The Tri-C Cleveland Eats Culinary Festival is more than the typical food sampling event. It’s a creative way for Cuyahoga Community College to spread the word about their thriving culinary program. In a city as passionate about food as sports (well, almost), there is an increasing demand for more trained culinary and hospitality staff.
Michael Huff, Dean of Hospitality Management at Tri-C, is happy that the outlook for Cleveland’s restaurant and hospitality industry continues to flourish. “Our enrollment pace for the 2018-2019 academic year is up from the previous year,” he said.
Students who excel can find jobs easily, and not just as chefs in restaurants. Catering and special events, and convention and conference bookings are important to both the hotel community and the city’s tourism arm, Destination Cleveland. “The 2017 festival helped our program to develop new integrations with food service companies, a fast-growth restaurant group and several independent chef-entrepreneurs,” Michael said.
So it really is good news for everyone that the festival will return on September 15, downtown on Mall B. A culinary advisory council of local chefs, along with Tri-C leadership and staff at the Hospitality Management Center, are planning a day of good eats fit for any foodie at really reasonable prices. Once again, students will have an active role in pulling it all together.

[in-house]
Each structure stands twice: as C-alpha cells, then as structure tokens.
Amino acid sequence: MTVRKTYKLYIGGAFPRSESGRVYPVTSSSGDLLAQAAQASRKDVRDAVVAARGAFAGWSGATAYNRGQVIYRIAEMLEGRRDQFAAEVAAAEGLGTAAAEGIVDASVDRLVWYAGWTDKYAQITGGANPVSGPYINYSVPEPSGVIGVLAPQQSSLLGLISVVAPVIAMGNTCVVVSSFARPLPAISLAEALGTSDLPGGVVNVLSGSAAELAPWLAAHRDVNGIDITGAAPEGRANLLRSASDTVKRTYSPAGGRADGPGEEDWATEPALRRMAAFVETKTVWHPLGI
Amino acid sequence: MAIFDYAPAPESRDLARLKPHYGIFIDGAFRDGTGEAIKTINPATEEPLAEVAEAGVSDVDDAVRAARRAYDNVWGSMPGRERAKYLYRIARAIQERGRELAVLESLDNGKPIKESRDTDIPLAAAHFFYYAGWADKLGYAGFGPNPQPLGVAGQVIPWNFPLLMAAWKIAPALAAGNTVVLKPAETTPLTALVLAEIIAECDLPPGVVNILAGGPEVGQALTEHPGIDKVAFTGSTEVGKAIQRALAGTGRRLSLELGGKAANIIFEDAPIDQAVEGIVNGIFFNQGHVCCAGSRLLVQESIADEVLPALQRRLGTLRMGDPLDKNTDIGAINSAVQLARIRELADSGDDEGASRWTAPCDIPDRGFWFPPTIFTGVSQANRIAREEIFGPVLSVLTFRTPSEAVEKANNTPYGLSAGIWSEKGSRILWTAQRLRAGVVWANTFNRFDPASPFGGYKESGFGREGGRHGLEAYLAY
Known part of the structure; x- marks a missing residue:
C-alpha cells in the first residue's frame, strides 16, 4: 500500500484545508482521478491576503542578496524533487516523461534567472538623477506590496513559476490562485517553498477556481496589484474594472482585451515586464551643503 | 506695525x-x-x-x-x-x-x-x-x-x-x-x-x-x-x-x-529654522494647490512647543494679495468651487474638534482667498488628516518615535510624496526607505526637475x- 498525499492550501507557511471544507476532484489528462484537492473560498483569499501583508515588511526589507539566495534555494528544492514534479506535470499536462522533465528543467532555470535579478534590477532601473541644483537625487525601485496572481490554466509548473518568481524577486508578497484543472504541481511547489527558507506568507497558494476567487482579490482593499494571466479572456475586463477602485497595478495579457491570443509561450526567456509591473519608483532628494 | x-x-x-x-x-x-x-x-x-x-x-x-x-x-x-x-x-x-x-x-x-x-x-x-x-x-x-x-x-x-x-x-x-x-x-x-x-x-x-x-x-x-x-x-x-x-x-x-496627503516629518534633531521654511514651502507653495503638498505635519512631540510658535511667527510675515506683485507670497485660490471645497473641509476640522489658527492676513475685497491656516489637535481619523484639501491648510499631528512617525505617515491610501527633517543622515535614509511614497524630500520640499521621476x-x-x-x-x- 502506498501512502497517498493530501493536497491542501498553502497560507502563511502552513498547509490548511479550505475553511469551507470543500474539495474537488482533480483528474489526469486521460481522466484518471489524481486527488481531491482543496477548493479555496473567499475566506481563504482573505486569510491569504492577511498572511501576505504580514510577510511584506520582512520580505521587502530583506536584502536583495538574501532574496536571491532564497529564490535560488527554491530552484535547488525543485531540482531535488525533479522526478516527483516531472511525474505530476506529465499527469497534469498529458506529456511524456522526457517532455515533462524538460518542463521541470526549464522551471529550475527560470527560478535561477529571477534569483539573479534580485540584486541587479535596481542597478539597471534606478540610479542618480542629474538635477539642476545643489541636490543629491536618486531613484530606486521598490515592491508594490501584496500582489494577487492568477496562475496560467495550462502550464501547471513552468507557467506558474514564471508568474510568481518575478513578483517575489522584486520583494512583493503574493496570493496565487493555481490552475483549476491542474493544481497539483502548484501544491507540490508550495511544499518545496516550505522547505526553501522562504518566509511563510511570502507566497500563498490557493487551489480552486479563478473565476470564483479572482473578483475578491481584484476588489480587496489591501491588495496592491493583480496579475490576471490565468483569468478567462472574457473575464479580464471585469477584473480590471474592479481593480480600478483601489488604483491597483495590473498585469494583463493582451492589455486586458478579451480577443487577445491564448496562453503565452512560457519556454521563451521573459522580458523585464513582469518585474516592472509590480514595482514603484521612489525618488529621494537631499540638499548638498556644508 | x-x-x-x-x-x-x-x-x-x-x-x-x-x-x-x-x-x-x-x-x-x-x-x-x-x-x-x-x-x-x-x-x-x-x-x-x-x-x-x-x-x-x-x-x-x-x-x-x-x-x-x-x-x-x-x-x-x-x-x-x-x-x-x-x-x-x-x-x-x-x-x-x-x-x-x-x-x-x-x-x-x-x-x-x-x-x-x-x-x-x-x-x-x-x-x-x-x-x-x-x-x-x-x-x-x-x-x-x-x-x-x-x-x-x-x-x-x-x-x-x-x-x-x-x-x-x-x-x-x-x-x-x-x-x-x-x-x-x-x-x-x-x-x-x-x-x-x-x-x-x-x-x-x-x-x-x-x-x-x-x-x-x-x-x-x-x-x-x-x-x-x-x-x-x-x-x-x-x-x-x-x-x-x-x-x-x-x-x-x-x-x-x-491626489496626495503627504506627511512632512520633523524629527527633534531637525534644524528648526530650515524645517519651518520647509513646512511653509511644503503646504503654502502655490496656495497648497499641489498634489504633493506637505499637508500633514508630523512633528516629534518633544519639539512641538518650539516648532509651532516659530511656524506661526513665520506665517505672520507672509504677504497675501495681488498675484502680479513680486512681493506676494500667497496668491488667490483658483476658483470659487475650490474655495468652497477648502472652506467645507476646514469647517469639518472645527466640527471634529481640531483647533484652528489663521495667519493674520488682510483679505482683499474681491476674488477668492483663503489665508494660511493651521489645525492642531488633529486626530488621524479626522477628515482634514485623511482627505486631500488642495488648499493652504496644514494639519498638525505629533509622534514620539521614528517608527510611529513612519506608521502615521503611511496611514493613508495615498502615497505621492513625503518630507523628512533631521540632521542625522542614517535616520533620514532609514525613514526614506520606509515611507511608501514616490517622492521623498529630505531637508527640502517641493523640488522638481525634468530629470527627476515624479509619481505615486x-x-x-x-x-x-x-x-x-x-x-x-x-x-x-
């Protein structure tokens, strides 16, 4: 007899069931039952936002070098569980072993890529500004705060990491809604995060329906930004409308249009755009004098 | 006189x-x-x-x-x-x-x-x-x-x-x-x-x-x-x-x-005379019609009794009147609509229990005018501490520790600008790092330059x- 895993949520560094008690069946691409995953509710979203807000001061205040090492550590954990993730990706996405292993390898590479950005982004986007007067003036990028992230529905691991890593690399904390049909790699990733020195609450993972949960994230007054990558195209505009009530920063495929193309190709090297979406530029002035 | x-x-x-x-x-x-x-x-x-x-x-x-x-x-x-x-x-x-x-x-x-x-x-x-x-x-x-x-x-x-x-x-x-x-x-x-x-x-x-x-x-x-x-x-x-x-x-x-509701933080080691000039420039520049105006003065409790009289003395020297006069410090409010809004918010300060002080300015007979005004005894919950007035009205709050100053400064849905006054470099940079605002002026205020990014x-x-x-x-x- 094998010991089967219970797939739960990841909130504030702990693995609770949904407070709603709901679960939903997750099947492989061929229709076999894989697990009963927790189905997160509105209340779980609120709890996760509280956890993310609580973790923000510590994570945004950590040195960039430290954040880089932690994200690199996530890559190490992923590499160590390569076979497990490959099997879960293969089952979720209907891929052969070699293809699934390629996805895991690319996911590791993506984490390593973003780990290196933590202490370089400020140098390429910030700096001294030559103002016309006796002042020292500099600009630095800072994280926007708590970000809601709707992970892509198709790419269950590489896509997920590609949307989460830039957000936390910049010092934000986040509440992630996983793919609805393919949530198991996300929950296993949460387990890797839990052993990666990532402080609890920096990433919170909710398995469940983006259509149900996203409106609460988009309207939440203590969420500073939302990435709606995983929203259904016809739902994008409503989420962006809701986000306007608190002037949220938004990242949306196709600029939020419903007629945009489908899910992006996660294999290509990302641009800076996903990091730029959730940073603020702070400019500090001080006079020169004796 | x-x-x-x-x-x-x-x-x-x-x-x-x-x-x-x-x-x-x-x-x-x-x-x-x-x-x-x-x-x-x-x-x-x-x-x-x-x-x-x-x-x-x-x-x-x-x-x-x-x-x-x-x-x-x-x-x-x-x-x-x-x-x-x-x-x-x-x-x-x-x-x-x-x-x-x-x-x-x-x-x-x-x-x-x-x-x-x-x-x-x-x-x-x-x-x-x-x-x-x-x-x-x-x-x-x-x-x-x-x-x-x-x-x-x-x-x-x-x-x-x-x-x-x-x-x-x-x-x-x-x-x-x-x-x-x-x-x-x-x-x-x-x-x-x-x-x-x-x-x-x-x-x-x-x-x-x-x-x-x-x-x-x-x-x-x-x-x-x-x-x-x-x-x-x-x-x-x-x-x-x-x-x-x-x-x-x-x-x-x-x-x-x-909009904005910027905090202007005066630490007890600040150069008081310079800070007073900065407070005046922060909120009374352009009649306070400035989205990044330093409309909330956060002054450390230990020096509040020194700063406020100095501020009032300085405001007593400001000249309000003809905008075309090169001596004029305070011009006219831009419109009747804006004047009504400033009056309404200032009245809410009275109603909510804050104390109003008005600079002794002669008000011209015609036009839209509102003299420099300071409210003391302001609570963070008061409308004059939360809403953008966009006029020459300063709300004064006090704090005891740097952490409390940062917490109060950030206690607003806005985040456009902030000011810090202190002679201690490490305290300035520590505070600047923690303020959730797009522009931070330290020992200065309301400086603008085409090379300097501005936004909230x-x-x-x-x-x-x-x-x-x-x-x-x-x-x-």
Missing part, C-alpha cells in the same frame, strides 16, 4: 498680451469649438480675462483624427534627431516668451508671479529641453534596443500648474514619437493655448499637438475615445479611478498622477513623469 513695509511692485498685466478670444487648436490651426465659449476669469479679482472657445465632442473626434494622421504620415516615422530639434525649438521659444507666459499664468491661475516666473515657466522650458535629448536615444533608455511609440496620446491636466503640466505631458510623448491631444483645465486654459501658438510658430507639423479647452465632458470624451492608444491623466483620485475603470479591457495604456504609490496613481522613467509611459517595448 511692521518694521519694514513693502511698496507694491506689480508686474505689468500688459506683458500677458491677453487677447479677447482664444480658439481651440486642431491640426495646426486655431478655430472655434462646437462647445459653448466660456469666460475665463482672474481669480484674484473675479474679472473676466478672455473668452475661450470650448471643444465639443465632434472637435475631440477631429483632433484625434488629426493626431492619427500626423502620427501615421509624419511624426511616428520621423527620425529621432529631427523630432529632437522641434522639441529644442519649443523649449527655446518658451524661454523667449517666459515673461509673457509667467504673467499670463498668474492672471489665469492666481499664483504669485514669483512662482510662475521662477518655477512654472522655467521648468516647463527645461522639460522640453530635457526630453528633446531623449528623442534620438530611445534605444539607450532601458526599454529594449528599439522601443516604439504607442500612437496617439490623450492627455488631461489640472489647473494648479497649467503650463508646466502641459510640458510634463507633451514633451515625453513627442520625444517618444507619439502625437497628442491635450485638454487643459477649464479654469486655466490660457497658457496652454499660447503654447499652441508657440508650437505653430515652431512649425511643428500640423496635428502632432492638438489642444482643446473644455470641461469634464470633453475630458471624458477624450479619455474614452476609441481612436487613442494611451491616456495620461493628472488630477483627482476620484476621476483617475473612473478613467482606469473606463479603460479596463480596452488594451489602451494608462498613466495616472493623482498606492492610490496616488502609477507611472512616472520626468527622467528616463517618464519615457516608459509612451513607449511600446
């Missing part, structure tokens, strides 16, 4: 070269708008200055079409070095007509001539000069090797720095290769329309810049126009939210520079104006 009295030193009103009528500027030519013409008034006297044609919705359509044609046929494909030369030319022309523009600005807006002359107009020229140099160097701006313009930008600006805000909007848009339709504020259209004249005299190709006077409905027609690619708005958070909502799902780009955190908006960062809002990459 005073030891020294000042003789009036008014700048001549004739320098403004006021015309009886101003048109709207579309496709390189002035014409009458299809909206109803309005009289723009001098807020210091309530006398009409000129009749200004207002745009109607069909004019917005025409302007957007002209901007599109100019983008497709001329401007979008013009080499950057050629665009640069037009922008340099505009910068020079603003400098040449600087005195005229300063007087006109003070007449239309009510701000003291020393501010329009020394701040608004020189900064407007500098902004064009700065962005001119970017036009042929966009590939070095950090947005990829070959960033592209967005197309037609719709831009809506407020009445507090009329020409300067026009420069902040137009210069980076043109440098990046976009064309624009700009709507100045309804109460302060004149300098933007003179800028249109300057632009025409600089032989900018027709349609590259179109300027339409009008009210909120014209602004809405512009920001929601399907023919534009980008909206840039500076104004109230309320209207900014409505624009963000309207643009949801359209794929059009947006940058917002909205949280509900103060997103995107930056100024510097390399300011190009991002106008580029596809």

This year’s event will focus on chef driven food and beverages with plenty of $5 taste samples to be enjoyed while listening to headlining band Fastball and five regional acts. A robust demonstration schedule featuring Cleveland’s finest chefs will run all day starting with Brandon Chrostowski of Edwins and ending with Chef Eric Wells of Skye LaRae’s, with plenty of renown names taking the stage in between. (See the full schedule here)
The night before the fest, on Friday, September 14, a scholarship gala, Small Bites Big Dreams, presented by Nestlé, will take place at the downtown Tri-C Hospitality Management Center at 6 p.m. Attendees can get a taste of rising culinary talent as they pair up with established chefs for a special party focused on fundraising.
Associate Dean Karen Monath values the opportunity to get the students real experience under pressure. “It’s one thing to lecture on the sense of urgency, customer service, professionalism, and passion. It is something else to experience those things on a grand scale.” Karen knows a bit about stress—she led the charge on the creation of the “world’s largest pierogi” at last year’s festival that dethroned Pittsburgh of the official Guinness honor.
Working side by side with Cleveland’s most successful chefs, students will demonstrate their newly acquired skills in the nonstop demanding environment of a festival. “All the students who worked the event were thrilled with the excitement of being a part of something so big and so special. A few of them had job offers that day,” Karen added.